Broken Arrows: 15 Arrowverse Superheroes Who Are Horrible People

Before the term "'Arrowverse" was officially coined, there was only a vigilante, wearing a green hood and shooting arrows into criminals screaming something about failing a city. But what started out as a grounded exploration of what a superhero could look like in a gritty world slowly evolved into a true comic book universe come to life. With the addition of The Flash, Legends of Tomorrow and Supergirl, the Arrowverse has become a true DC Comics universe on the small screen. Aside from the titular characters, there have been many more superheroes to grace the screen, without any sign of slowing down.

RELATED: 15 Marvel Movie Superheroes Who Are Actually Despicable

Not only do we have a Superman thanks to Supergirl's series, we also have seen little-known characters like Wild Dog, Ragman and Vigilante. We saw the Suicide Squad, and we saw Deathstroke The Terminator. Some of them have been near-perfect representations of their comic book counterparts, while others have been brought to the screen with differences varying from small to enormous. Whether they were accurately portrayed on the screen or not, some of these Arrowverse characters have been known to be quite heinous to varying degrees. Today, CBR travels the CW multiverse to list 15 superheroes who are actually despicable.

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Over the course of three seasons, Barry Allen has proven to be far worse than any supervillain he faced. Reverse-Flash, Savitar and Zoom hold no candle to The Flash, who has repeatedly played with time to re-shape it as he saw fit. Barry's meddling with time resulted in the death of Cisco's brother, and he proved to always put his needs first by saving his parents, but not Cisco's family.

As The Flash, Barry also let Jay Garrick take his place in the Speed Force, without ever trying to find a way to rescue him. Barry has been known to keep secrets from those closest to him, endangering them in the process -- even though he should know better by now. If all that weren't enough, he also changed reality itself, and when he attempted to fix it, he affected the lives of those around him – like Diggle's baby girl-now-boy.


Hawkman and Hawkgirl

Although she didn't know it at the time, Kendra Saunders was simply in her current reincarnation, unaware that she was Hawkgirl. She was just a barista, working her best to make ends meet. But even after she joined up with the Legends of Tomorrow and Carter Hall, her eternal partner for thousands of years who told her who she really was, she didn't seem all that interested in embracing her destiny.

She was, after all, just a barista. When she lost Carter Hall, apparently she couldn't be bothered to try and find a new reincarnation of him, like he had done for her a thousand times before. Instead, she went on finding love somewhere else and turning her back on the eons-old story she was a part of. Besides, even though she was a superhero, she didn't spent much time superheroing. You know, because she was a barista.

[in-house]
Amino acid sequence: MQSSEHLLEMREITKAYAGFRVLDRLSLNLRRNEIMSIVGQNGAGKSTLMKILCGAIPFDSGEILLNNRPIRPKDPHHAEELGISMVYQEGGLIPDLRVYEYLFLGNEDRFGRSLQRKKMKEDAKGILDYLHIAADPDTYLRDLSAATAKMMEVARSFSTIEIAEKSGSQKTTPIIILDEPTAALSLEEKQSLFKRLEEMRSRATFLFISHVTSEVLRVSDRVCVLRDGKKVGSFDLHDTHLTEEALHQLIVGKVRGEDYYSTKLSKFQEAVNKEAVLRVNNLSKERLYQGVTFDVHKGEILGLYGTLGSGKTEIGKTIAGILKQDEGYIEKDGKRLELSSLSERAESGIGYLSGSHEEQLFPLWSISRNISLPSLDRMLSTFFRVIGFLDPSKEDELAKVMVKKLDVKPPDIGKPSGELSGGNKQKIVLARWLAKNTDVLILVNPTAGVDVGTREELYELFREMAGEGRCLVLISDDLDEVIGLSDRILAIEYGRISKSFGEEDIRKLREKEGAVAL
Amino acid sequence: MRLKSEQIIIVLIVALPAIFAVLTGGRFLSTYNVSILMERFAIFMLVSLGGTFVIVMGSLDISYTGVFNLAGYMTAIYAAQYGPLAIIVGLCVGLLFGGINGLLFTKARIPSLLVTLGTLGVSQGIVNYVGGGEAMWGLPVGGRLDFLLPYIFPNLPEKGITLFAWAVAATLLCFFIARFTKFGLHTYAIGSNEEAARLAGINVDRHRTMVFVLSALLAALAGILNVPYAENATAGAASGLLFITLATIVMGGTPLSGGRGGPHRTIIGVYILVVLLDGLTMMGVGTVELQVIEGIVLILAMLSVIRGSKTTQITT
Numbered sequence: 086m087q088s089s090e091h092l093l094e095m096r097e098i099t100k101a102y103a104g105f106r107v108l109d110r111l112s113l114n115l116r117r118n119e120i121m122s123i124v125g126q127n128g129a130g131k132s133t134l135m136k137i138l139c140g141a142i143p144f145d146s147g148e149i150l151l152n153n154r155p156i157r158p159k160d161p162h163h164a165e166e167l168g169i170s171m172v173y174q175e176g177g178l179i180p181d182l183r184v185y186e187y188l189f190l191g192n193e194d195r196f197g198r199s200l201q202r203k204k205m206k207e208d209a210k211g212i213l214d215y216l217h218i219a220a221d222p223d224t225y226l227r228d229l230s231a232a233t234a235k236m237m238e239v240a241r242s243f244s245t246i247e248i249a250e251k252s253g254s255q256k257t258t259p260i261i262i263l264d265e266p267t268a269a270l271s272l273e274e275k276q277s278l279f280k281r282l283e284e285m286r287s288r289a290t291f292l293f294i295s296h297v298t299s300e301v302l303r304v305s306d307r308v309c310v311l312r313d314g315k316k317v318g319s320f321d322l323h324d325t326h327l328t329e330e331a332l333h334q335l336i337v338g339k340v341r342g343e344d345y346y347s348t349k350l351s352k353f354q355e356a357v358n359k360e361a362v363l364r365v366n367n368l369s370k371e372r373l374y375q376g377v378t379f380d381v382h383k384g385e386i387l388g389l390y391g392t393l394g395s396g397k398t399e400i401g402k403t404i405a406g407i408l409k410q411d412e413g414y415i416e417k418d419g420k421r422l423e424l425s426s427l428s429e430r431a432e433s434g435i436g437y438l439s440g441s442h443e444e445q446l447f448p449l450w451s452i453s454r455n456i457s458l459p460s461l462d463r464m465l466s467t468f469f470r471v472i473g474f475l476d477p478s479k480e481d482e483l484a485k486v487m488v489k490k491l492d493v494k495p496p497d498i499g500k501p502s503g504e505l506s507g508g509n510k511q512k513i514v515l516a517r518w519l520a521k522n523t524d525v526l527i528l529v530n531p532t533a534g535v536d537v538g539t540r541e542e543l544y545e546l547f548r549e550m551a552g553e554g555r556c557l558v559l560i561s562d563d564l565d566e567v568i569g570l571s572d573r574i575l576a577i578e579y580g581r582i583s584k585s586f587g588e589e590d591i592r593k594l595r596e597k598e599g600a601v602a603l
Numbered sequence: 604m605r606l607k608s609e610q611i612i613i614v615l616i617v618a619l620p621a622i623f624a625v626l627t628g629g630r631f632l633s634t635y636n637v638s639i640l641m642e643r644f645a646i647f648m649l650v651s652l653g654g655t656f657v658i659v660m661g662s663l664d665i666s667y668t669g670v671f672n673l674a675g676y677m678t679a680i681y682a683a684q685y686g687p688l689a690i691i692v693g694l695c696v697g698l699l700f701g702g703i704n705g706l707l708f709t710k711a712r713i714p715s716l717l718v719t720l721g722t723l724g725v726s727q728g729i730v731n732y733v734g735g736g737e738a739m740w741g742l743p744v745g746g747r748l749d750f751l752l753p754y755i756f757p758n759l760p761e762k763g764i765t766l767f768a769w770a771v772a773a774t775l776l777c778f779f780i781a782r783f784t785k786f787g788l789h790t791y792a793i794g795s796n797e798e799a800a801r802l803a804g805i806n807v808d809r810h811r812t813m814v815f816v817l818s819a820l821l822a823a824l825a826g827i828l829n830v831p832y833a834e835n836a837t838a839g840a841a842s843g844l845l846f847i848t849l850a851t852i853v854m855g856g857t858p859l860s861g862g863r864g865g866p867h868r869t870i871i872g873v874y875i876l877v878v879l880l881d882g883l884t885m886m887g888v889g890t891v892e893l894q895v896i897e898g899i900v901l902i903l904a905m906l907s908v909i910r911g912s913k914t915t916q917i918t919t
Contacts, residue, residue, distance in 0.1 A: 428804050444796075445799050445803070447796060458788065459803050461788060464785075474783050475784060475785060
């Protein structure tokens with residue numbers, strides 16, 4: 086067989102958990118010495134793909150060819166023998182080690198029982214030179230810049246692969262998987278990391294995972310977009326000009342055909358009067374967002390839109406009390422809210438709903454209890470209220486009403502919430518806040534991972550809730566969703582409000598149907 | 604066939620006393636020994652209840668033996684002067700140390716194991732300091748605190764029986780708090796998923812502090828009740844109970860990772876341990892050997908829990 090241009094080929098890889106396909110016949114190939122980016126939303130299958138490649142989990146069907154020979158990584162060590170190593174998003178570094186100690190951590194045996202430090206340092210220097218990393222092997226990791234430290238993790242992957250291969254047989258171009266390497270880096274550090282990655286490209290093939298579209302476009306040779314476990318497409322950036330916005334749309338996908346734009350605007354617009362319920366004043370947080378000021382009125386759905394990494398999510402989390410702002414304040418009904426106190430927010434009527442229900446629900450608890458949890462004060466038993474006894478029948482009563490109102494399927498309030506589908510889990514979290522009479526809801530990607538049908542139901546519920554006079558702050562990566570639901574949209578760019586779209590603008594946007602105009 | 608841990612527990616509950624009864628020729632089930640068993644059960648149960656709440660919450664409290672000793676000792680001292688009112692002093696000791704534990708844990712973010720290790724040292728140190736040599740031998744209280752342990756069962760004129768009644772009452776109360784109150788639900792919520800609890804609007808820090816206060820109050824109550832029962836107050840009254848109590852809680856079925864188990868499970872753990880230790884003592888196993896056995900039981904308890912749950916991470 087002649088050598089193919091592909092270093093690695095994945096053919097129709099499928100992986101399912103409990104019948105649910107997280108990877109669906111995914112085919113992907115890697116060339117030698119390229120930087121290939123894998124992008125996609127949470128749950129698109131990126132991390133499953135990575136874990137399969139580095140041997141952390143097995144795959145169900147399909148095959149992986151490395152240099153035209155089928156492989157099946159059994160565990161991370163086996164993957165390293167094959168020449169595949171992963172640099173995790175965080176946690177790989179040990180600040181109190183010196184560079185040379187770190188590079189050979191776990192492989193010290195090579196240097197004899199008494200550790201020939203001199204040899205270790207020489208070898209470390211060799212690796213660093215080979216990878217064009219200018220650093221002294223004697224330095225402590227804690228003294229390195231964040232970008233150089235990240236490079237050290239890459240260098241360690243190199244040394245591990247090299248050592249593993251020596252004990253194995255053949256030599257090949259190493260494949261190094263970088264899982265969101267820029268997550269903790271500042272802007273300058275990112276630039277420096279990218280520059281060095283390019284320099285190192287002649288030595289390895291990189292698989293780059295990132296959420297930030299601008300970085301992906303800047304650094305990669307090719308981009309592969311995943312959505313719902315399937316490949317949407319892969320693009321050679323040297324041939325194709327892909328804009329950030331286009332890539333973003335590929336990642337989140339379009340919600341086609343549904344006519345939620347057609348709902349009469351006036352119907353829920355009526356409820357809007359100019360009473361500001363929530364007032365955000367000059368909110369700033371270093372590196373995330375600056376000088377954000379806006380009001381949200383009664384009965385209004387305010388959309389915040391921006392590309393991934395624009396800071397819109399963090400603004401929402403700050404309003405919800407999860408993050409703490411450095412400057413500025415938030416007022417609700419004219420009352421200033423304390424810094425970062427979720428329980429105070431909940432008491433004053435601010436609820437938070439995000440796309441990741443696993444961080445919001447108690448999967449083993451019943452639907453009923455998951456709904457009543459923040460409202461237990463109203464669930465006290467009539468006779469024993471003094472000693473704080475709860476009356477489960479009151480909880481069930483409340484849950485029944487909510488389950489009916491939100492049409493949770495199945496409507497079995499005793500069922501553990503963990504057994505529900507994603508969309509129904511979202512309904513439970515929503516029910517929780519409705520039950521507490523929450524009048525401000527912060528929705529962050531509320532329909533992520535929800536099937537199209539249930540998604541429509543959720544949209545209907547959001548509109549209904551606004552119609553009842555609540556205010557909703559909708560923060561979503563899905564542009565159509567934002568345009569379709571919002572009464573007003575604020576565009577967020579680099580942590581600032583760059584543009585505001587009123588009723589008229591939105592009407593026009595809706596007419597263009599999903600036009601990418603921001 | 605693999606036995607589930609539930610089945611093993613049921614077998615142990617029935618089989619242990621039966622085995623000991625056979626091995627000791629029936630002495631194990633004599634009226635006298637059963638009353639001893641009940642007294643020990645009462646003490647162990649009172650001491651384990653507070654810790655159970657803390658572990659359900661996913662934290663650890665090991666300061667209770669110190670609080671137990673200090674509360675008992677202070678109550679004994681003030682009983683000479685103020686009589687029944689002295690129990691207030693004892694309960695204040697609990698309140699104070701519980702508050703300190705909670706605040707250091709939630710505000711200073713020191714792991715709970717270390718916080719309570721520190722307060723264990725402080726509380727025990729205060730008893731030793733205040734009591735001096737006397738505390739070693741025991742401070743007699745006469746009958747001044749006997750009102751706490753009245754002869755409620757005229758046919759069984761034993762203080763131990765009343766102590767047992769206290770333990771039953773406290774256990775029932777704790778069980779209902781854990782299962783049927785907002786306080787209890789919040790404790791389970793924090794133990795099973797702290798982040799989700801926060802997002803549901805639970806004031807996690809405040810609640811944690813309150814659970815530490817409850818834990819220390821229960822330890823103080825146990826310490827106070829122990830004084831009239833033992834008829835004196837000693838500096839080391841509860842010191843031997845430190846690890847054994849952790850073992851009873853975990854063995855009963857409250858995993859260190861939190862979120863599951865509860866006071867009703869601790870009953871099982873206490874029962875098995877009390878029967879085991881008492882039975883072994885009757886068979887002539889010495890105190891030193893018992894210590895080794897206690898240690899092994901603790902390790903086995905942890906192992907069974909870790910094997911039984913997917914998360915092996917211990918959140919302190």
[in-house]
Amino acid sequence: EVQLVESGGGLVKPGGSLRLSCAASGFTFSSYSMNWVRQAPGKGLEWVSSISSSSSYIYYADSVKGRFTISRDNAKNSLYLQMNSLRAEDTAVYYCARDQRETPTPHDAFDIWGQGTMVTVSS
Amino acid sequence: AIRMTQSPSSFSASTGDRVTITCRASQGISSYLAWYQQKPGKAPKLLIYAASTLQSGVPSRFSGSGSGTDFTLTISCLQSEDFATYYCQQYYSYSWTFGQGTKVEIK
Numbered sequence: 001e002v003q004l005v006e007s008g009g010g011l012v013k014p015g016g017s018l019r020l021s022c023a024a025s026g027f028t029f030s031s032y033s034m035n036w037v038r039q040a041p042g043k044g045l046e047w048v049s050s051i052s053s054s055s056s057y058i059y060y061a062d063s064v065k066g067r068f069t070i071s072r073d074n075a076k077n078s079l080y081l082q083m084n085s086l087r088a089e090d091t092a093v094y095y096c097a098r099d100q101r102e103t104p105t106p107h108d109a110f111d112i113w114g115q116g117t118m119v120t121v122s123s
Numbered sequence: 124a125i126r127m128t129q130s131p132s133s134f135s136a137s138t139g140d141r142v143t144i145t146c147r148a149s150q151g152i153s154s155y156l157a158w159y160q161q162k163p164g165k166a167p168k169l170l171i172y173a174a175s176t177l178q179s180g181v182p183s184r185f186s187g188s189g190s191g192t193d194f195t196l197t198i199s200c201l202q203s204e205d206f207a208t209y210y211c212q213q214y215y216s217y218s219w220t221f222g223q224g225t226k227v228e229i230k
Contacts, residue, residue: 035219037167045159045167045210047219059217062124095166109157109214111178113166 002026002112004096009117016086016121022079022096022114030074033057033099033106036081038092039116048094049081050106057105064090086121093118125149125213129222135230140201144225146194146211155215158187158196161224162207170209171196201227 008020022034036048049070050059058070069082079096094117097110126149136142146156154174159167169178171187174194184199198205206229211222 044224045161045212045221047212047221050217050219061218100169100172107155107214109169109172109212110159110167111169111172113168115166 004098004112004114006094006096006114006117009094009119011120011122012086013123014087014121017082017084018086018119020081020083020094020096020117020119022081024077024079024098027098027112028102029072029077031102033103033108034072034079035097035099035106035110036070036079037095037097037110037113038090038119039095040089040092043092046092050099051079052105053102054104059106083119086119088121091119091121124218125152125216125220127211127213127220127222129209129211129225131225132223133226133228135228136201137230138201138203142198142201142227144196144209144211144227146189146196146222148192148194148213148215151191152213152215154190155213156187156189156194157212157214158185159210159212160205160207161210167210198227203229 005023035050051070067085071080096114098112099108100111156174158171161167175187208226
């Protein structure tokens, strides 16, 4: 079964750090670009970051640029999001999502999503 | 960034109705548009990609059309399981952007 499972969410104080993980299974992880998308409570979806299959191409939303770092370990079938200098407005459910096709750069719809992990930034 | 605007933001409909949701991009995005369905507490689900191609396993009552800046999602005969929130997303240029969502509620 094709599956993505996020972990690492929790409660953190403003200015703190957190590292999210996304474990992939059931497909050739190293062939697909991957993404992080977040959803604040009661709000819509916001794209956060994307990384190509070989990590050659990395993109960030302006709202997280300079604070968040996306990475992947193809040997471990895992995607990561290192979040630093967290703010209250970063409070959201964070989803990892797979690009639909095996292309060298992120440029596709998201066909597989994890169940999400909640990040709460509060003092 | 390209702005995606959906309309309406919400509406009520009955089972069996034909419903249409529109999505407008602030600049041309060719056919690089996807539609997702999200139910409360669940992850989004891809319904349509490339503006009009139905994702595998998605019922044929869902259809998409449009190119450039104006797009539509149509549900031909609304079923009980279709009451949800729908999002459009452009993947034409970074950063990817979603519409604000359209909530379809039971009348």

Rip Hunter had an incredibly devious plan that he disguised as the most heroic one. Hailing from a dark future where his family had been murdered by Vandal Savage, the time traveler found heroes in the past, promising them a heroic life and destiny that was beyond legendary. It turns out that this was all a lie, and that he chose these people because they had no effects on the world and the future.

He essentially plucked people from their own timeline, people with jobs, friends and families, and lured them away from all of it through false pretenses. Worse than that, he sent them on the most dangerous missions possible – missions that would cost some members of the team their lives. And, on top of all of that, he was a pretty lousy Captain who always kept his most powerful members on the sidelines.


Ray Palmer as The Atom in "Arrow"

Ever since he appeared in the Arrowverse, Ray Palmer has been a far cry from his comic book counterpart. He wasn't a science teacher, and he didn't have adventures in the microverse. He was essentially a poor man's Ant-Man, albeit one who could fly. But the biggest change made to Ray is that he wasn't heroic as he was supposed to be – this Ray is reckless and in constant need of validation.

Many times over, Ray has put his need of proving himself above that of his friends or his team. Besides, he always seems more content with living out movie-inspired fantasies than taking his role on the Legends roster seriously, something which, more often than not, leads to trouble and potentially catastrophic danger. Ray is barely trustworthy, and he appears to be after fun more than heroism.


James Olsen as Guardian on Supergirl

James Olsen decided to become National City's newest superhero because he felt lost without a purpose. After living in Superman and Supergirl's shadow, he decided to take to the streets, with no training whatsoever, and protect the people of the city. He even borrowed the time of Winn Schott, a dedicated and quite useful DEO employee, to help in his crusade.

The actions of the Guardian were dangerous because James had no combat training. He could have easily endangered any citizen he was trying to save, and on top of all that, when Kara Zor-El discovered his secret identity, she begged her friend to stop for fear of his own safety. Instead, Jimmy completely and repeatedly ignored her pleas, choosing to put his life, and everyone else's, in danger.


the flash ralph dibny

Ralph Dibny has only just begun his career as a superhero on The Flash. In fact, he doesn't even have a codename or a proper costume yet. But we already did get a strong sense of what kind of man he is. We learned that, before he gained superpowers, Dibny was a private investigator who wasn't shy of blackmailing someone like the city's mayor.

We also learned that before all of that, he was a respected police officer who actually planted evidence to make sure one man he believed guilty would get the proper sentence. Ralph Dibny is a flawed character and although The Flash has begun to explore his redemption story, he has a long way to go before he can call himself a hero.


Arrow -- "Next of Kin" -- Image AR603b_0222b -- Pictured (L-R): Rick Gonzalez as Rene Ramirez/Wild Dog and David Ramsey as Green Arrow -- Photo: Jack Rowand/The CW -- © 2017 The CW Network, LLC. All Rights Reserved.

John Diggle has been at Oliver Queen's side ever since the beginning of Arrow. Although he started out as a bodyguard, it wasn't long before he was the Arrow's full-fledged partner in crime-fighting. But lately, John, who was always an honorable man thanks to his time in the military, has proven to be a liability, and a danger to his entire team.